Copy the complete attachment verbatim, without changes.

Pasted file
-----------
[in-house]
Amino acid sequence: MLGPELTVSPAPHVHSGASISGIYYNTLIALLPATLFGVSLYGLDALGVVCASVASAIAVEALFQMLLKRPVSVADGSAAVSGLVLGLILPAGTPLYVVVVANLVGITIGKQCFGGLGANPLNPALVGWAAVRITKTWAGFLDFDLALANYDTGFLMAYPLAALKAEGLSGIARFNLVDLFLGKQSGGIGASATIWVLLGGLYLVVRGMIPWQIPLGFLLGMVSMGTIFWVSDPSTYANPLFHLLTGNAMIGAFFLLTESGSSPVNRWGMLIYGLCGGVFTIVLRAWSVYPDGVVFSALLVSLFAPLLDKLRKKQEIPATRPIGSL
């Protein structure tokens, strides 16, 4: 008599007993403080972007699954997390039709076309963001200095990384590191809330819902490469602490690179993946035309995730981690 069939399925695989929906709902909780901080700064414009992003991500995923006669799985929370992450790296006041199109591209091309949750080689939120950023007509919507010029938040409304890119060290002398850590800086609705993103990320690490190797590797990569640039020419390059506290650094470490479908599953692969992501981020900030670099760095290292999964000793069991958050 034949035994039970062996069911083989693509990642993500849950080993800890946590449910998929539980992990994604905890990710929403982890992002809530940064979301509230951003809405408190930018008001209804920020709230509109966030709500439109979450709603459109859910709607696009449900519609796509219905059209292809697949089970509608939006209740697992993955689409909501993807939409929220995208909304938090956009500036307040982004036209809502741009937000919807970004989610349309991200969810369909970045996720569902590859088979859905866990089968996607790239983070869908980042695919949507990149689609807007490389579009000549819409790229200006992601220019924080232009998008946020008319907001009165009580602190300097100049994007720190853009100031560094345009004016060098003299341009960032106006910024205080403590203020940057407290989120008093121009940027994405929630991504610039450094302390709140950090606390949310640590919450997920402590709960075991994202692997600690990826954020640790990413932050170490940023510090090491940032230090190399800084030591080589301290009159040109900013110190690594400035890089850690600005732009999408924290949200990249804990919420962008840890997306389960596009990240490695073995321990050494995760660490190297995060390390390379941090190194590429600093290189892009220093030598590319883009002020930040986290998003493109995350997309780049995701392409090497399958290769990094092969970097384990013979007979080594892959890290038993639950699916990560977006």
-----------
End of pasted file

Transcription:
[in-house]
Amino acid sequence: MLGPELTVSPAPHVHSGASISGIYYNTLIALLPATLFGVSLYGLDALGVVCASVASAIAVEALFQMLLKRPVSVADGSAAVSGLVLGLILPAGTPLYVVVVANLVGITIGKQCFGGLGANPLNPALVGWAAVRITKTWAGFLDFDLALANYDTGFLMAYPLAALKAEGLSGIARFNLVDLFLGKQSGGIGASATIWVLLGGLYLVVRGMIPWQIPLGFLLGMVSMGTIFWVSDPSTYANPLFHLLTGNAMIGAFFLLTESGSSPVNRWGMLIYGLCGGVFTIVLRAWSVYPDGVVFSALLVSLFAPLLDKLRKKQEIPATRPIGSL
């Protein structure tokens, strides 16, 4: 008599007993403080972007699954997390039709076309963001200095990384590191809330819902490469602490690179993946035309995730981690 069939399925695989929906709902909780901080700064414009992003991500995923006669799985929370992450790296006041199109591209091309949750080689939120950023007509919507010029938040409304890119060290002398850590800086609705993103990320690490190797590797990569640039020419390059506290650094470490479908599953692969992501981020900030670099760095290292999964000793069991958050 034949035994039970062996069911083989693509990642993500849950080993800890946590449910998929539980992990994604905890990710929403982890992002809530940064979301509230951003809405408190930018008001209804920020709230509109966030709500439109979450709603459109859910709607696009449900519609796509219905059209292809697949089970509608939006209740697992993955689409909501993807939409929220995208909304938090956009500036307040982004036209809502741009937000919807970004989610349309991200969810369909970045996720569902590859088979859905866990089968996607790239983070869908980042695919949507990149689609807007490389579009000549819409790229200006992601220019924080232009998008946020008319907001009165009580602190300097100049994007720190853009100031560094345009004016060098003299341009960032106006910024205080403590203020940057407290989120008093121009940027994405929630991504610039450094302390709140950090606390949310640590919450997920402590709960075991994202692997600690990826954020640790990413932050170490940023510090090491940032230090190399800084030591080589301290009159040109900013110190690594400035890089850690600005732009999408924290949200990249804990919420962008840890997306389960596009990240490695073995321990050494995760660490190297995060390390390379941090190194590429600093290189892009220093030598590319883009002020930040986290998003493109995350997309780049995701392409090497399958290769990094092969970097384990013979007979080594892959890290038993639950699916990560977006």